The Investigative Committee of Belarus launched a "special investigation" against 20 analysts, sociologists, and economists who have given comments for independent Belarusian media, Radio Svaboda reported on Jan. 25.
Alexander Lukashenko's regime regularly targets those who have voiced opposition to his rule or openly hold pro-democracy views and continues to crack down on those with links to the mass protests that followed the Belarusian presidential election in 2020.
The committee claimed that the 20 analysts and experts "took an active part in the development and implementation of the concept of destructive activities aimed at harming the national security of the Republic of Belarus and also contributed to the incitement of social enmity and strife in society," as cited by Radio Svaboda, the Belarusian service of Radio Free Europe/Radio Liberty (RFE/RL).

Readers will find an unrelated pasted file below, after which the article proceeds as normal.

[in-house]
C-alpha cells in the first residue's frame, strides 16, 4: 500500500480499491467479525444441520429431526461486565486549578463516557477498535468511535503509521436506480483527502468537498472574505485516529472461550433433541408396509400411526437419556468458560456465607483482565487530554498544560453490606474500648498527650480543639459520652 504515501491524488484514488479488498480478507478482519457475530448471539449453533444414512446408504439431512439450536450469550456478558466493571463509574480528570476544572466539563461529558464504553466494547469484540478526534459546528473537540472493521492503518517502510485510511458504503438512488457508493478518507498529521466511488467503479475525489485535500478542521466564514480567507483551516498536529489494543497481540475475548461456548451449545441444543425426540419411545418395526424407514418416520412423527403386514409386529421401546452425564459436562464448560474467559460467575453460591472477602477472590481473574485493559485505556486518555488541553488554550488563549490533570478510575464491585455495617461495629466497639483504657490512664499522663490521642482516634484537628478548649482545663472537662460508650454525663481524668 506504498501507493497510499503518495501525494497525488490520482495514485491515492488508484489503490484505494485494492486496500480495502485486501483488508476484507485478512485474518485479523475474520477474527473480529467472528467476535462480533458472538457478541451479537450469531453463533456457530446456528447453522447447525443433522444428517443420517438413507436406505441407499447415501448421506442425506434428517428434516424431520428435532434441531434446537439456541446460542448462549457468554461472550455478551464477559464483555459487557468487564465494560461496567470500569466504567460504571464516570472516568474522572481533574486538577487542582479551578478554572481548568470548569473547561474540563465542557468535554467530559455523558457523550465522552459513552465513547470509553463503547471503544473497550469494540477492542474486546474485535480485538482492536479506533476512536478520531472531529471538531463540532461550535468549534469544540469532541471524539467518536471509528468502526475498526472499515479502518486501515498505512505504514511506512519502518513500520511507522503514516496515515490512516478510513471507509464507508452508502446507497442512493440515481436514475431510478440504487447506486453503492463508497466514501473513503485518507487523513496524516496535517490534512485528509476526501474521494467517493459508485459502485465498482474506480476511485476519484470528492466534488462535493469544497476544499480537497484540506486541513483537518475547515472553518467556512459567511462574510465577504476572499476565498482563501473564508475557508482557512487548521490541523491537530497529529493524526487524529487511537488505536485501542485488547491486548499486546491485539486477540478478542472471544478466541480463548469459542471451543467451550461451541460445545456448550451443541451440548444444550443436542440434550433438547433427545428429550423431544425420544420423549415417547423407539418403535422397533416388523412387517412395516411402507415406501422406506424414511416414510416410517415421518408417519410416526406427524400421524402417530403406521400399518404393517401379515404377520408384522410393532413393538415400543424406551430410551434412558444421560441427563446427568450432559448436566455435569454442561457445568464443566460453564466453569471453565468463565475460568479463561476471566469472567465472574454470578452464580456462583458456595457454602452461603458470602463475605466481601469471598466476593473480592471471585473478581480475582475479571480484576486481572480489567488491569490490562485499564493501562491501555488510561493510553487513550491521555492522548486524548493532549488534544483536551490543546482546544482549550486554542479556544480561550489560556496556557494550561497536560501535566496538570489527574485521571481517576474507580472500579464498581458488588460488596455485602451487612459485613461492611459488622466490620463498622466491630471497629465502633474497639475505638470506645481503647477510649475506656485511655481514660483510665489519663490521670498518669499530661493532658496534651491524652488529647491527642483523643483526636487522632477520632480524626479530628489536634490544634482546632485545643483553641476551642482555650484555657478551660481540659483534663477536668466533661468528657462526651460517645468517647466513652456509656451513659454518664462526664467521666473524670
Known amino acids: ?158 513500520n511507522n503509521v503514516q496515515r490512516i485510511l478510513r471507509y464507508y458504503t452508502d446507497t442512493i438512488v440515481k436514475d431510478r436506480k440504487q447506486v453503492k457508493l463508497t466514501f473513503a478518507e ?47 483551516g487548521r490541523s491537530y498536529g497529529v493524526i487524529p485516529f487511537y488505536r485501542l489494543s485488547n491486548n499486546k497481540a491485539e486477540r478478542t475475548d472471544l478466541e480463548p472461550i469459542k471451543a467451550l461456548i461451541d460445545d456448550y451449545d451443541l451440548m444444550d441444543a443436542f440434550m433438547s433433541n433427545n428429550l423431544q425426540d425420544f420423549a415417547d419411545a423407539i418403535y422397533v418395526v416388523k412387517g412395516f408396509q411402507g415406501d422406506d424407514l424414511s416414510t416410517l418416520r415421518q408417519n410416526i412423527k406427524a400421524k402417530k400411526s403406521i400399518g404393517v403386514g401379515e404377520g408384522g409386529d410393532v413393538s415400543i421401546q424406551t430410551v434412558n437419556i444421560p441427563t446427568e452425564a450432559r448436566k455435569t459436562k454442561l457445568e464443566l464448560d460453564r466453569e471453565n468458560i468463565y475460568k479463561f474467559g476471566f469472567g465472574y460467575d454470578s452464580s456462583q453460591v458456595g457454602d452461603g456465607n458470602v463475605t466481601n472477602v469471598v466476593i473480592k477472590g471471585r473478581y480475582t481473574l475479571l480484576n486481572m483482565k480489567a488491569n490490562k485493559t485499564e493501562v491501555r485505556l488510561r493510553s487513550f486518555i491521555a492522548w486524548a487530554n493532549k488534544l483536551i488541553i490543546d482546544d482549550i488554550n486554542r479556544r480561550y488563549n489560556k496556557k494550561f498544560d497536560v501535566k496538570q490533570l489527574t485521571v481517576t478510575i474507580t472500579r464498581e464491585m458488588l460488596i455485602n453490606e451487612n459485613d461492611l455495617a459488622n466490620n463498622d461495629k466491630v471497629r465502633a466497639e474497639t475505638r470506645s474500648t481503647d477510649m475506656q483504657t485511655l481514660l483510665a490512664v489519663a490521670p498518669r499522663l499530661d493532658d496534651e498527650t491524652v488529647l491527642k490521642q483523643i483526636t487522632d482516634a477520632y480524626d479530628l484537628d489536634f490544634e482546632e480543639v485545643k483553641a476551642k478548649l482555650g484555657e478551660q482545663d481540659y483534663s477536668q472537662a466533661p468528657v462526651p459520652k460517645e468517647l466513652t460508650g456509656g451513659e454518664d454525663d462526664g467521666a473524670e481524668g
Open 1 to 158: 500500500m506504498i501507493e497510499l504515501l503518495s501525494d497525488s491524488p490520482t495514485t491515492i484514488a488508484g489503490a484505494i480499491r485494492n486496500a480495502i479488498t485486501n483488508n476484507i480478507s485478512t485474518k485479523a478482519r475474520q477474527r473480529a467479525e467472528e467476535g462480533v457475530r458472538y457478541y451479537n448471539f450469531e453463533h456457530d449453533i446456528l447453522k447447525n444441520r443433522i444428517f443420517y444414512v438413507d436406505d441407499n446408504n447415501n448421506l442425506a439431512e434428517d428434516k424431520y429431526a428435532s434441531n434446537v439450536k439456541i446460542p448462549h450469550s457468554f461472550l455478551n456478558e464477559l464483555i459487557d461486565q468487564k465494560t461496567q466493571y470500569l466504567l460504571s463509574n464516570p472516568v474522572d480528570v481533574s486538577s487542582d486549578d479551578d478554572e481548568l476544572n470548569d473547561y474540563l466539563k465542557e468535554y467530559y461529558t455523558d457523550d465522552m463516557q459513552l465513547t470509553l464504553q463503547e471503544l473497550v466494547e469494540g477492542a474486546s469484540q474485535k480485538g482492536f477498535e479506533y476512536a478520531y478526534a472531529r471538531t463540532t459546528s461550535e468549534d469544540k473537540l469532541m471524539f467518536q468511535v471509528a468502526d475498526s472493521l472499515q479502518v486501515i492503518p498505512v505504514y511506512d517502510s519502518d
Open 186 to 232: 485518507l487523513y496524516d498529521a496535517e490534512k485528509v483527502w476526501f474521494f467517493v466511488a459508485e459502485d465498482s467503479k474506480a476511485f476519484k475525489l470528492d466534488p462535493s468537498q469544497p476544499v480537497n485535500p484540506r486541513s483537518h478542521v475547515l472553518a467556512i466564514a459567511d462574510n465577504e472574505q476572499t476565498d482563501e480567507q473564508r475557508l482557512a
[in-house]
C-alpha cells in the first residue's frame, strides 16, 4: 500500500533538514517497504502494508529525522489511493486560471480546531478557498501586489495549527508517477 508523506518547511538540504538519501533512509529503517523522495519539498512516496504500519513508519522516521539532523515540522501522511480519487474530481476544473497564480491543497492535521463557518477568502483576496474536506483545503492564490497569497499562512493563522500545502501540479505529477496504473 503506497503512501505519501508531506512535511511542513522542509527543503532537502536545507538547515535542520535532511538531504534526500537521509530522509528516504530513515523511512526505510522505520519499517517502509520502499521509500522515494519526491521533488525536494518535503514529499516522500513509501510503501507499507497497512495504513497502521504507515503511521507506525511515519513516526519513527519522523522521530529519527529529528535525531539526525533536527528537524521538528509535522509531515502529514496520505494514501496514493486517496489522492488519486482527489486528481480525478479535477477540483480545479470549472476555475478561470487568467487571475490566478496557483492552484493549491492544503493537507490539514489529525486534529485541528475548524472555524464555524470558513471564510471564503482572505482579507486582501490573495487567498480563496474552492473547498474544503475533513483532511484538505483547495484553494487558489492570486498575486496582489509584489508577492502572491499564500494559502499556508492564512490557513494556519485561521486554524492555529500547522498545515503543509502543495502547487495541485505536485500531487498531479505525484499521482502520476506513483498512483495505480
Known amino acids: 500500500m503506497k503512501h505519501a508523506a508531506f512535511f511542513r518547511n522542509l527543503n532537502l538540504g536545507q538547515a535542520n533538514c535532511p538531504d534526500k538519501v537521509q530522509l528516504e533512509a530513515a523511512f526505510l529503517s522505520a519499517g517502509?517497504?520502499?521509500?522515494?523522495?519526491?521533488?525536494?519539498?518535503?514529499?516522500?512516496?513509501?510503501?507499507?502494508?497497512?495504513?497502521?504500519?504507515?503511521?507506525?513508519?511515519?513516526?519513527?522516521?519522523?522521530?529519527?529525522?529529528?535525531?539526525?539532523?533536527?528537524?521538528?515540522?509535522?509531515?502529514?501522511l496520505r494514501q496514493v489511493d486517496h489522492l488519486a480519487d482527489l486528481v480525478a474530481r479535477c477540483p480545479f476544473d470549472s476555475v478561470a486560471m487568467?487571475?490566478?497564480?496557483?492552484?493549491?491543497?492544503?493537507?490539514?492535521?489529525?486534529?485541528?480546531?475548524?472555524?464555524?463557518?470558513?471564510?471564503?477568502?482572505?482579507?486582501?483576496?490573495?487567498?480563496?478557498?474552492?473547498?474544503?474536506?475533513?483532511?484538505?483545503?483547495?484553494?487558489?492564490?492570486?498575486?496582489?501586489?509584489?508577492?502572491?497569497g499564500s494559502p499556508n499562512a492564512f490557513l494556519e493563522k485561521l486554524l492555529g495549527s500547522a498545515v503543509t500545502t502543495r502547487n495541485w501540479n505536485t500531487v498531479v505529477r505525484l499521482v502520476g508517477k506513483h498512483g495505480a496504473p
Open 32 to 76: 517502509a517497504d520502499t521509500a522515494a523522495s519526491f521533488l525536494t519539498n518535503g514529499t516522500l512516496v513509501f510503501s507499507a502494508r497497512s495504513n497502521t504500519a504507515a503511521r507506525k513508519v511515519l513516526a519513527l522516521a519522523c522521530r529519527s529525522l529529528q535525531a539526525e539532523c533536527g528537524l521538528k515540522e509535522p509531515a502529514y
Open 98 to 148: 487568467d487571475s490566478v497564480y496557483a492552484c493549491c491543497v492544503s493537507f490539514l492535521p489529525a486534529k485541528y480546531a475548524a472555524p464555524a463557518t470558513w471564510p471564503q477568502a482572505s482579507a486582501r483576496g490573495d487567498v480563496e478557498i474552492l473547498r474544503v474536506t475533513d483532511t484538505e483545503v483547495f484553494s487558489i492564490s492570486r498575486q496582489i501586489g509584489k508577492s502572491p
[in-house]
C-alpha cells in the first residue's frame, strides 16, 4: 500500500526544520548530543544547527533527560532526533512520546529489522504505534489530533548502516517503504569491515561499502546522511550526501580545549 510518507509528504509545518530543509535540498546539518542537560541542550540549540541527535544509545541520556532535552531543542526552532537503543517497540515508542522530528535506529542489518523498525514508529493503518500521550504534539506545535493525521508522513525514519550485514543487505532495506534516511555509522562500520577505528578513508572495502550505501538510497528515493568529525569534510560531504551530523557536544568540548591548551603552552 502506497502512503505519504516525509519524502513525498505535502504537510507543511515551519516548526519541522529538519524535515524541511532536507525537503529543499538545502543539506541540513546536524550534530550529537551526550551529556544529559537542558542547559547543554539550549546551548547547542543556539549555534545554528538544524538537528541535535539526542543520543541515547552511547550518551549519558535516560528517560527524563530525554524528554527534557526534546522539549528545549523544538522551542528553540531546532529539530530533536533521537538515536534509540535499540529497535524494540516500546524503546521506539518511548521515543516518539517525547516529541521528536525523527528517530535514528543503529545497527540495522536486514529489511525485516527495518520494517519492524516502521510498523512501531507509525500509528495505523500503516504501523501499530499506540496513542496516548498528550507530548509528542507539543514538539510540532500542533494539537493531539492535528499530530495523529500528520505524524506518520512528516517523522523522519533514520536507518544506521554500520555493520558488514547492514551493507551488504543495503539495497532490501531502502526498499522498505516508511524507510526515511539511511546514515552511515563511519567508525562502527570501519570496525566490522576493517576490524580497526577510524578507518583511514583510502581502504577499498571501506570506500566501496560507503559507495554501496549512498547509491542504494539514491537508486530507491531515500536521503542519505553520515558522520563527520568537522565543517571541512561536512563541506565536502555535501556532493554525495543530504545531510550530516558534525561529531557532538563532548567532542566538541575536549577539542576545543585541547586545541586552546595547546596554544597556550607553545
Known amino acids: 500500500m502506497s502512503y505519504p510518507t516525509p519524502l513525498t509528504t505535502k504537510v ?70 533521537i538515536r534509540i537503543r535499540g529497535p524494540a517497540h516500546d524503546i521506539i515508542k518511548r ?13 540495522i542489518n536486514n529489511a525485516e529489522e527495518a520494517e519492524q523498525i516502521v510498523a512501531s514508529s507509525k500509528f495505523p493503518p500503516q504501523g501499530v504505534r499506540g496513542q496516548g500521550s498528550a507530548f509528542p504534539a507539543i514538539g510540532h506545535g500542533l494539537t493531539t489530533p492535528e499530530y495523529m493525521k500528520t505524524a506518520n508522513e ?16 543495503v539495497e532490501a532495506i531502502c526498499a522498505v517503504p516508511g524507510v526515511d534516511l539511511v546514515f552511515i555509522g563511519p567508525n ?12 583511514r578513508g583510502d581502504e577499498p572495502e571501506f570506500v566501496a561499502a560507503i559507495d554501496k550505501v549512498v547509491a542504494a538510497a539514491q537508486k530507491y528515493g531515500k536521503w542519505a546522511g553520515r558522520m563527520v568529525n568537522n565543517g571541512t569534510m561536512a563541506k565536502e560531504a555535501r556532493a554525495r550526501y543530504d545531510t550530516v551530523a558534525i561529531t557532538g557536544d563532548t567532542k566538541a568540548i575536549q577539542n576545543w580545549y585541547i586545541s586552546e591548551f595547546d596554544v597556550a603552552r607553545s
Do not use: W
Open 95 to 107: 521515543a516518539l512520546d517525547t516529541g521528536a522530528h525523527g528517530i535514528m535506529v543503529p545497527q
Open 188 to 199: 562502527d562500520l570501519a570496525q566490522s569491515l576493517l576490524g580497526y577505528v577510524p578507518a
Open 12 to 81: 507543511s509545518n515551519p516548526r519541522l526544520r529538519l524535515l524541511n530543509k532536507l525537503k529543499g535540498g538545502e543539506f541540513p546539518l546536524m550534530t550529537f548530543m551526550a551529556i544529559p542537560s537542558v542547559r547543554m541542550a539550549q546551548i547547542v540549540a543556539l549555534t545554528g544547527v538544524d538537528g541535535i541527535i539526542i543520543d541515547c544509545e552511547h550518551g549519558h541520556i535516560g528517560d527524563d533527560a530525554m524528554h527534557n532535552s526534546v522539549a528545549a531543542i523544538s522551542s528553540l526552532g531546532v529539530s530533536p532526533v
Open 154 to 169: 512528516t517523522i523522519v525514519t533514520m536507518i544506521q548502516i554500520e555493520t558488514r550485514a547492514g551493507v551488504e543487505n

Among the suspects is Yury Drakakhrust, Radio Svaboda's journalist and analyst, as well as several employees of Belarusian opposition leader Sviatlana Tsikhanouskaya's office.
The committee called all the suspects "analysts of Tikhanovskaya," but her press secretary, Anna Krasulina, who was also included in the list, said it was a wrong description because some of these analysts criticize Tikhanovskaya.
"There is no particular logic to this list, they just put as many people on this list as possible to intimidate them," Krasulina told Radio Svaboda.
"These brave people are guilty of nothing but love for our country and seeking a way out of the political crisis in Belarus created by the dictator," Tikhanovskaya commented.
Belarusian authorities usually launch "special investigations" to prosecute in absentia political opponents who have left the country due to the repressions, according to Radio Svaboda.
Belarusian security services (KGB) conducted mass searches, interrogations, and detentions of relatives and loved ones of political prisoners as well as those who previously served sentences for political cases on Jan. 23, as reported by Viasna, a Belarusian human rights center.
One of the persecuted on that day was Siarhiej Dubaviec, a Belarusian writer and journalist living in exile, whom the Lukashenko regime accused of "discrediting the state," "inciting social enmity," and "genocide denial," among a range of other charges.